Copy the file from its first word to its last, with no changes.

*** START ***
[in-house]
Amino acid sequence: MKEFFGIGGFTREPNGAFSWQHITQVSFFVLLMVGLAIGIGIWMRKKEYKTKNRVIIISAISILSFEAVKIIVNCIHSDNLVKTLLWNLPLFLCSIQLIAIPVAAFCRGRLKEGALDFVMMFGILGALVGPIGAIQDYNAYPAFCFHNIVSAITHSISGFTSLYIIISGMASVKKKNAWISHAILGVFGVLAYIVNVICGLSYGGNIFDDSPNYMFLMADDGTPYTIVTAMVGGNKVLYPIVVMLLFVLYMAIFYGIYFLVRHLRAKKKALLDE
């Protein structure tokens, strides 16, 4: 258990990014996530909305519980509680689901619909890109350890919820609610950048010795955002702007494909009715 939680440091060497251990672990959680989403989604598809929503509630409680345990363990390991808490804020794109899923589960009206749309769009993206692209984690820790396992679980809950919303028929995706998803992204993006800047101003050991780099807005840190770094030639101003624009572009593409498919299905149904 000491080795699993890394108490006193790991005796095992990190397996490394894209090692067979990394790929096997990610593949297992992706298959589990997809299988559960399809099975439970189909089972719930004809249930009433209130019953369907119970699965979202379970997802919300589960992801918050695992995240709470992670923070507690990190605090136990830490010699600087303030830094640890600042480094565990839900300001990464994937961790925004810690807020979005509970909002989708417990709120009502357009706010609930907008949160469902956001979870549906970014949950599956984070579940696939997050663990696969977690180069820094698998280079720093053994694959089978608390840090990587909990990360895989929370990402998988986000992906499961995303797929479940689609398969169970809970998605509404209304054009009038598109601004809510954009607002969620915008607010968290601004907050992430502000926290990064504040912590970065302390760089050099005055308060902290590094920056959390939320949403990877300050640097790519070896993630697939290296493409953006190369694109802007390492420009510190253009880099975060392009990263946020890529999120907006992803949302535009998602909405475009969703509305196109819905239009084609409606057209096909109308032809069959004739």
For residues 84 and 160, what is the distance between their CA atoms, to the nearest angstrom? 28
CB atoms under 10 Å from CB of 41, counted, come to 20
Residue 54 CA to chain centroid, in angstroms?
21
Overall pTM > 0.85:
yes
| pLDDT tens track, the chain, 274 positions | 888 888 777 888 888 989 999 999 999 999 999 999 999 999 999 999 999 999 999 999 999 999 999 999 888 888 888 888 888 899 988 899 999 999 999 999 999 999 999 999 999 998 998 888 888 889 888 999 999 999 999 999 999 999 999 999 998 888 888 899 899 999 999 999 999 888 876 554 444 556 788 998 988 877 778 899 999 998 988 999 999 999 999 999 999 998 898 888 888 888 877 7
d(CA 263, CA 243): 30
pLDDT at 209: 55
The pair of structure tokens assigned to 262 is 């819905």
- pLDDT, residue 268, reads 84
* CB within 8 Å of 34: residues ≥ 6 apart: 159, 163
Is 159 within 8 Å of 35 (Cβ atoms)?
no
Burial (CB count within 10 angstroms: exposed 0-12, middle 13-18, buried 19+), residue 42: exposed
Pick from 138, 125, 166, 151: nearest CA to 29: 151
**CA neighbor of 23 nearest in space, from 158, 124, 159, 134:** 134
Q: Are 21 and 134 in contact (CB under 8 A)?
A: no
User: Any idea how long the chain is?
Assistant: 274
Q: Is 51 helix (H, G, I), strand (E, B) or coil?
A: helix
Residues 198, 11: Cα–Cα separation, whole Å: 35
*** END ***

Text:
[in-house]
Amino acid sequence: MKEFFGIGGFTREPNGAFSWQHITQVSFFVLLMVGLAIGIGIWMRKKEYKTKNRVIIISAISILSFEAVKIIVNCIHSDNLVKTLLWNLPLFLCSIQLIAIPVAAFCRGRLKEGALDFVMMFGILGALVGPIGAIQDYNAYPAFCFHNIVSAITHSISGFTSLYIIISGMASVKKKNAWISHAILGVFGVLAYIVNVICGLSYGGNIFDDSPNYMFLMADDGTPYTIVTAMVGGNKVLYPIVVMLLFVLYMAIFYGIYFLVRHLRAKKKALLDE
């Protein structure tokens, strides 16, 4: 258990990014996530909305519980509680689901619909890109350890919820609610950048010795955002702007494909009715 939680440091060497251990672990959680989403989604598809929503509630409680345990363990390991808490804020794109899923589960009206749309769009993206692209984690820790396992679980809950919303028929995706998803992204993006800047101003050991780099807005840190770094030639101003624009572009593409498919299905149904 000491080795699993890394108490006193790991005796095992990190397996490394894209090692067979990394790929096997990610593949297992992706298959589990997809299988559960399809099975439970189909089972719930004809249930009433209130019953369907119970699965979202379970997802919300589960992801918050695992995240709470992670923070507690990190605090136990830490010699600087303030830094640890600042480094565990839900300001990464994937961790925004810690807020979005509970909002989708417990709120009502357009706010609930907008949160469902956001979870549906970014949950599956984070579940696939997050663990696969977690180069820094698998280079720093053994694959089978608390840090990587909990990360895989929370990402998988986000992906499961995303797929479940689609398969169970809970998605509404209304054009009038598109601004809510954009607002969620915008607010968290601004907050992430502000926290990064504040912590970065302390760089050099005055308060902290590094920056959390939320949403990877300050640097790519070896993630697939290296493409953006190369694109802007390492420009510190253009880099975060392009990263946020890529999120907006992803949302535009998602909405475009969703509305196109819905239009084609409606057209096909109308032809069959004739």
For residues 84 and 160, what is the distance between their CA atoms, to the nearest angstrom? 28
CB atoms under 10 Å from CB of 41, counted, come to 20
Residue 54 CA to chain centroid, in angstroms?
21
Overall pTM > 0.85:
yes
| pLDDT tens track, the chain, 274 positions | 888 888 777 888 888 989 999 999 999 999 999 999 999 999 999 999 999 999 999 999 999 999 999 999 888 888 888 888 888 899 988 899 999 999 999 999 999 999 999 999 999 998 998 888 888 889 888 999 999 999 999 999 999 999 999 999 998 888 888 899 899 999 999 999 999 888 876 554 444 556 788 998 988 877 778 899 999 998 988 999 999 999 999 999 999 998 898 888 888 888 877 7
d(CA 263, CA 243): 30
pLDDT at 209: 55
The pair of structure tokens assigned to 262 is 């819905």
- pLDDT, residue 268, reads 84
* CB within 8 Å of 34: residues ≥ 6 apart: 159, 163
Is 159 within 8 Å of 35 (Cβ atoms)?
no
Burial (CB count within 10 angstroms: exposed 0-12, middle 13-18, buried 19+), residue 42: exposed
Pick from 138, 125, 166, 151: nearest CA to 29: 151
**CA neighbor of 23 nearest in space, from 158, 124, 159, 134:** 134
Q: Are 21 and 134 in contact (CB under 8 A)?
A: no
User: Any idea how long the chain is?
Assistant: 274
Q: Is 51 helix (H, G, I), strand (E, B) or coil?
A: helix
Residues 198, 11: Cα–Cα separation, whole Å: 35